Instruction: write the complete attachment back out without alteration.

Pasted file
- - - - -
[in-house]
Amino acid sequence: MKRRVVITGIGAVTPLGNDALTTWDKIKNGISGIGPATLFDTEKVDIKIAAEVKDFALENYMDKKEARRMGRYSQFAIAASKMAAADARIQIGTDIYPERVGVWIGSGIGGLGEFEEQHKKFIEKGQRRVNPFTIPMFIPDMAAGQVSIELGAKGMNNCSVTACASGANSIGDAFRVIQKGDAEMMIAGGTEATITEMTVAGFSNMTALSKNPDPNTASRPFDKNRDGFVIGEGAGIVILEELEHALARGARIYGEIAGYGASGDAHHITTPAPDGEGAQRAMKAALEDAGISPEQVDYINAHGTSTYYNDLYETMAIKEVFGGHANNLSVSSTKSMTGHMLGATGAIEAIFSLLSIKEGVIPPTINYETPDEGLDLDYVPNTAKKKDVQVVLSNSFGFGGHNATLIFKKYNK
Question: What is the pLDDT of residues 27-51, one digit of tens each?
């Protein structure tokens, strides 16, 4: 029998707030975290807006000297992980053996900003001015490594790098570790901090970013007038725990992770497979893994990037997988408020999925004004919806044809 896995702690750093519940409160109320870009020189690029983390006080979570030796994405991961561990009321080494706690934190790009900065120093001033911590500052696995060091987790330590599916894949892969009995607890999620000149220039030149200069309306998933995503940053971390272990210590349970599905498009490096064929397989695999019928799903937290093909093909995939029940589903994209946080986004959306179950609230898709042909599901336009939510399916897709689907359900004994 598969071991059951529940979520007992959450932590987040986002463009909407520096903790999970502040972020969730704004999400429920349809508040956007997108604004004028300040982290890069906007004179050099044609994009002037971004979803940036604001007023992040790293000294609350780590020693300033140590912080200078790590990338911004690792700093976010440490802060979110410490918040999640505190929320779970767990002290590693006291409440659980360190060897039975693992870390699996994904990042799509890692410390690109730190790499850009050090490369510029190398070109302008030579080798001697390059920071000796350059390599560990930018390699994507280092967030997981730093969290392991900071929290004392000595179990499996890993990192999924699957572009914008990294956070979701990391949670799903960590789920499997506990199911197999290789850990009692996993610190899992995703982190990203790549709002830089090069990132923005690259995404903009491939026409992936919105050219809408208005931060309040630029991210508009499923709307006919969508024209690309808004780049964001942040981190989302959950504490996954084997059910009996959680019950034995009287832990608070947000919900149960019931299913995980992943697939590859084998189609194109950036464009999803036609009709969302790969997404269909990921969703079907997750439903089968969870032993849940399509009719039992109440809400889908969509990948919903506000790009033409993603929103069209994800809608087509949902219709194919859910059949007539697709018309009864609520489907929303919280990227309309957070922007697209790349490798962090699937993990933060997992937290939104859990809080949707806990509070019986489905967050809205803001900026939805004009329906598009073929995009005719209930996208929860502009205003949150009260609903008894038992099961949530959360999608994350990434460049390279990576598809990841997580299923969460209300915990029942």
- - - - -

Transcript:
[in-house]
Amino acid sequence: MKRRVVITGIGAVTPLGNDALTTWDKIKNGISGIGPATLFDTEKVDIKIAAEVKDFALENYMDKKEARRMGRYSQFAIAASKMAAADARIQIGTDIYPERVGVWIGSGIGGLGEFEEQHKKFIEKGQRRVNPFTIPMFIPDMAAGQVSIELGAKGMNNCSVTACASGANSIGDAFRVIQKGDAEMMIAGGTEATITEMTVAGFSNMTALSKNPDPNTASRPFDKNRDGFVIGEGAGIVILEELEHALARGARIYGEIAGYGASGDAHHITTPAPDGEGAQRAMKAALEDAGISPEQVDYINAHGTSTYYNDLYETMAIKEVFGGHANNLSVSSTKSMTGHMLGATGAIEAIFSLLSIKEGVIPPTINYETPDEGLDLDYVPNTAKKKDVQVVLSNSFGFGGHNATLIFKKYNK
Question: What is the pLDDT of residues 27-51, one digit of tens each?
């Protein structure tokens, strides 16, 4: 029998707030975290807006000297992980053996900003001015490594790098570790901090970013007038725990992770497979893994990037997988408020999925004004919806044809 896995702690750093519940409160109320870009020189690029983390006080979570030796994405991961561990009321080494706690934190790009900065120093001033911590500052696995060091987790330590599916894949892969009995607890999620000149220039030149200069309306998933995503940053971390272990210590349970599905498009490096064929397989695999019928799903937290093909093909995939029940589903994209946080986004959306179950609230898709042909599901336009939510399916897709689907359900004994 598969071991059951529940979520007992959450932590987040986002463009909407520096903790999970502040972020969730704004999400429920349809508040956007997108604004004028300040982290890069906007004179050099044609994009002037971004979803940036604001007023992040790293000294609350780590020693300033140590912080200078790590990338911004690792700093976010440490802060979110410490918040999640505190929320779970767990002290590693006291409440659980360190060897039975693992870390699996994904990042799509890692410390690109730190790499850009050090490369510029190398070109302008030579080798001697390059920071000796350059390599560990930018390699994507280092967030997981730093969290392991900071929290004392000595179990499996890993990192999924699957572009914008990294956070979701990391949670799903960590789920499997506990199911197999290789850990009692996993610190899992995703982190990203790549709002830089090069990132923005690259995404903009491939026409992936919105050219809408208005931060309040630029991210508009499923709307006919969508024209690309808004780049964001942040981190989302959950504490996954084997059910009996959680019950034995009287832990608070947000919900149960019931299913995980992943697939590859084998189609194109950036464009999803036609009709969302790969997404269909990921969703079907997750439903089968969870032993849940399509009719039992109440809400889908969509990948919903506000790009033409993603929103069209994800809608087509949902219709194919859910059949007539697709018309009864609520489907929303919280990227309309957070922007697209790349490798962090699937993990933060997992937290939104859990809080949707806990509070019986489905967050809205803001900026939805004009329906598009073929995009005719209930996208929860502009205003949150009260609903008894038992099961949530959360999608994350990434460049390279990576598809990841997580299923969460209300915990029942």